PITTSFIELD -- It may come as a surprise to area residents, but Pittsfield is considered nirvana for unattached middle-aged and older folks seeking to form new relationships, according to U.S. Census Bureau data.
Statistics from the 2010 Census show that the city's metropolitan area -- including Lenox, Richmond, Dalton and Lanesborough -- is the only one in the nation where the majority of the over-55 population -- 52 percent -- is single.
But the benefits, if any, go primarily to single men who are outnumbered by single women, nearly 2-to-1.
The Pittsfield area's ranking as a paradise for strangers seeking to connect was highlighted in the current online edition of U.S. News focusing on the nation's 10 best retirement spots for 2012.
In the Pittsfield metro area, there are 14,237 single women 55 and older, and 7,869 single men in the same age group, the Census Bureau reported. The data did not specify how many are working and how many are retired, voluntarily or otherwise.
At the Ralph Froio Senior Center, Director Vin Marinaro -- not surprised by the findings about the area's attractions for older singles -- said the North Street landmark is expanding its services for the Baby Boomer generation.
"Pittsfield is a great place to live for people over 55," he said, citing recreational options. "A lot of singles are involved in helping others since they don't have as many family obligations.
The center is planning computer classes, wine tastings, dance classes, talks and even concerts, all part of a new Boomer Club designed to help older members make social connections and occupy their spare time.
"I'm really excited about this concept," he said. "We'll start building it and they will come."
Although funding is needed, Marinaro is also hoping to start Singles Nights for folks in their 50s and 60s. "We'll call those ‘Boomerangs,' " he said.
The U.S. News Media Group -- which publishes a weekly digital-only magazine, U.S. News, and a monthly magazine, U.S. News and World Report -- compiled the list for 10 key categories with Onboard Informatics, a data-services company for media, real estate and technology.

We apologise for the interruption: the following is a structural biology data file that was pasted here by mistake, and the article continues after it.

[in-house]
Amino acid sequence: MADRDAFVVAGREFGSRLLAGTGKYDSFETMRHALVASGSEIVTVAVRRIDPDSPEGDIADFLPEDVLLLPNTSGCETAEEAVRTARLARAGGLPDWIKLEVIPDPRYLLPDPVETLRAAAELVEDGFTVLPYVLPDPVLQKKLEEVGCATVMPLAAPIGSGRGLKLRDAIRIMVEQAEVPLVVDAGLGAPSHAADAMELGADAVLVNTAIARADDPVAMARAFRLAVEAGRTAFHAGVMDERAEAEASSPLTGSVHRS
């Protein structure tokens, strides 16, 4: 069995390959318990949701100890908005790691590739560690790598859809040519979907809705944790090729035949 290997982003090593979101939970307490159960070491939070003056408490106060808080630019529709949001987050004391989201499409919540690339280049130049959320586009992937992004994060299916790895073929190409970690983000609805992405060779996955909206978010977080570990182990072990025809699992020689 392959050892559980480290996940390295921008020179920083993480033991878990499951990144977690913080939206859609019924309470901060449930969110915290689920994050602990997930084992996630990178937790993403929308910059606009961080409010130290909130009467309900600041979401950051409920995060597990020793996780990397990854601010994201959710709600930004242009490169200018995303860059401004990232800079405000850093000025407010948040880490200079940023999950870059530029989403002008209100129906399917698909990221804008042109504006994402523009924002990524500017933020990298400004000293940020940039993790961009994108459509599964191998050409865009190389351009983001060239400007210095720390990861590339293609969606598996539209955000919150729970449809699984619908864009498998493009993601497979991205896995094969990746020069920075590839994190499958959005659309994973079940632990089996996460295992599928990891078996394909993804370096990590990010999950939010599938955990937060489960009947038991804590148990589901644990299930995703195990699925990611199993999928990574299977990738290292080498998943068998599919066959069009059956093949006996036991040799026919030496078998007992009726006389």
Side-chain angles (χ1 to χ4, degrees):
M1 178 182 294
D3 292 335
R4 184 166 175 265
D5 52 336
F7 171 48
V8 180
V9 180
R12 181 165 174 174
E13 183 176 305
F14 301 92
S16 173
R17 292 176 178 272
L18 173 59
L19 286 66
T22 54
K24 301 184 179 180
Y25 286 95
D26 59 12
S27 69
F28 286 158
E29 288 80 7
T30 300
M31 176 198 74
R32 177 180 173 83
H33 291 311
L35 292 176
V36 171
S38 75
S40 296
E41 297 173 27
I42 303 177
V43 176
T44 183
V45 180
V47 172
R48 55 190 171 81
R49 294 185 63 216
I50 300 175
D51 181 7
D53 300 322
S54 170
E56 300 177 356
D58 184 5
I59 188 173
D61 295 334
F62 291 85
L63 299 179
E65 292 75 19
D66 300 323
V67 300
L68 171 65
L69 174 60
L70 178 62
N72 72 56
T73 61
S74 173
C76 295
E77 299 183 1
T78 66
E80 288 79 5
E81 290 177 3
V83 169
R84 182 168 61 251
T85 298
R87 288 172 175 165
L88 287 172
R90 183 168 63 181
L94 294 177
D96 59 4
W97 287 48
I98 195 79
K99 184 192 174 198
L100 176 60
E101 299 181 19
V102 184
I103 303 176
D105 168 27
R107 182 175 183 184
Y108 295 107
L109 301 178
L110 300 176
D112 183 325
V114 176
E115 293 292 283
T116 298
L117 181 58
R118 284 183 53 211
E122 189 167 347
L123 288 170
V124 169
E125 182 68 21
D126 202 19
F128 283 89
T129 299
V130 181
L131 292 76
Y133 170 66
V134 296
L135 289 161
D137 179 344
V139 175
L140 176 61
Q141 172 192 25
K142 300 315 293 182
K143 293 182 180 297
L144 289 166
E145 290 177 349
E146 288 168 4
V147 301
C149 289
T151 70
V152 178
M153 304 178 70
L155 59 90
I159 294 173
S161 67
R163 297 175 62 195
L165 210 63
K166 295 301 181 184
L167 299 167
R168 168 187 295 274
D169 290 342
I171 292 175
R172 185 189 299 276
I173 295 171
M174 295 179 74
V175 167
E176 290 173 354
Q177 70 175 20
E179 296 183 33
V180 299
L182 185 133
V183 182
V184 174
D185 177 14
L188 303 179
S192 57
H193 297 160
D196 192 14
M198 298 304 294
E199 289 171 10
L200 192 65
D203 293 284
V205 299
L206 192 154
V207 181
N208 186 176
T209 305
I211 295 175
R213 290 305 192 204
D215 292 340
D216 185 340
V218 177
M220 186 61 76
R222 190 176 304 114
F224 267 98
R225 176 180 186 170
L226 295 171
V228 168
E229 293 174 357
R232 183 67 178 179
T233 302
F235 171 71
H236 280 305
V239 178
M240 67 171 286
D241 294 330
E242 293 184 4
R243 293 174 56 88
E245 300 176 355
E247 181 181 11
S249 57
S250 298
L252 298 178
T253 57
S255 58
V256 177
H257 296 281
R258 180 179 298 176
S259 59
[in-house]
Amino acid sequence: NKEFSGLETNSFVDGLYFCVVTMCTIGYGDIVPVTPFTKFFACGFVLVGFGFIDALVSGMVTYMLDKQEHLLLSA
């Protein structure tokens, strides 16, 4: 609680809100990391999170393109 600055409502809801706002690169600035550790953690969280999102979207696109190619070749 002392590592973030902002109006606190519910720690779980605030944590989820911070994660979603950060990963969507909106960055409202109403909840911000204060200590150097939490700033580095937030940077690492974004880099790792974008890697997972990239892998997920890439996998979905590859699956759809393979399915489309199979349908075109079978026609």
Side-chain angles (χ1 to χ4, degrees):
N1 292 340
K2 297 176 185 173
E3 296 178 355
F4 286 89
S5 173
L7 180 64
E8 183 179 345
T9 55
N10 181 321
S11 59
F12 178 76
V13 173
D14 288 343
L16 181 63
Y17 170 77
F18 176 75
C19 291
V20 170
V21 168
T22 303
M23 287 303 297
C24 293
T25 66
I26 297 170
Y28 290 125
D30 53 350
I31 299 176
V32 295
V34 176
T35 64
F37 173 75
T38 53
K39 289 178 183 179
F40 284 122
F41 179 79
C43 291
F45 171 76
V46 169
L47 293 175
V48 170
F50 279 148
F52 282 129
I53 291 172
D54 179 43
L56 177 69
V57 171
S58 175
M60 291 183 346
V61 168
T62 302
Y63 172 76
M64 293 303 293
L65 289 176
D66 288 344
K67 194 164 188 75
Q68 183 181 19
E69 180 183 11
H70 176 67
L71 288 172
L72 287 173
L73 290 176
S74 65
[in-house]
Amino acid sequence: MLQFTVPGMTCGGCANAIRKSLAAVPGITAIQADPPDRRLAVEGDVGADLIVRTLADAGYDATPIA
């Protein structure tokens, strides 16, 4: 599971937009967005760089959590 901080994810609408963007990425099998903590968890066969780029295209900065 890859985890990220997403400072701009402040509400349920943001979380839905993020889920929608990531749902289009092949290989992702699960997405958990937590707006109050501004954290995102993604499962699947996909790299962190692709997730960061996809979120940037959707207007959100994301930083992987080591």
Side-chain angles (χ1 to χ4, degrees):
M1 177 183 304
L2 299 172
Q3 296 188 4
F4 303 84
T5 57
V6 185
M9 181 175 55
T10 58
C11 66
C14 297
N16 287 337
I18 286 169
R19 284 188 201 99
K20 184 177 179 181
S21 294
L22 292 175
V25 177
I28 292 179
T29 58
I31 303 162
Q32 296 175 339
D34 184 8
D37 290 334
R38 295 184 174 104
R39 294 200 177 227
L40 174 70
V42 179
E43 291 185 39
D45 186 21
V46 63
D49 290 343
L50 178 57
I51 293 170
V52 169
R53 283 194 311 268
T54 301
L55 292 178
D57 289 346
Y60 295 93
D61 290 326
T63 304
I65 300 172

"Everybody's got their own idea of the best place to live," said Brian Kelly, editor of U.S. News, "so we've created tools to make the search fun and useful. There are some great and unexpected choices."
Some of the other cities cited in the media group's report include Traverse City, Mich., deemed the best place for water views on a budget since it's on the shore of Lake Michigan; Boone, N.C., the most affordable mountain town for retirees; and Port Charlotte, Fla., as the best city for affordable housing).
The honors for best year-round weather went to Flagstaff, Ariz., Santa Fe, N.M., for the best mix of recreational and cultural amenities, and Ithaca, N.Y., as a college town friendly to retirees. Pittsburgh was cited as the large city that combines affordability and attractions for retired people.
For folks who don't want to remain retired but hope to start a second career, Lincoln, Neb., was named the likeliest locale.
On the Web: The full list can be found at usnews.com/retire.
Top 10 places to retire
According to the U.S. News and World Report, here are the 10 best places to retire:
Best place for single retirees: Pittsfield
Pleasant year-round weather: Flagstaff, Ariz.
Affordable mountain town: Boone, N.C.
Water views on a budget: Traverse City, Mich.
Greenest place to retire: Walnut Creek, Calif.
A college town for retirees: Ithaca, N.Y.
Place to launch a second career: Lincoln, Neb.
Best mix of affordability and amenities: Pittsburgh
Best place for affordable housing: Port Charlotte, Fla.
Best place for recreation and culture: Santa Fe, N.M.
Source: www.usnews.com/retire, based in part on U.S. Census Bureau data and studies by Onboard Informatics.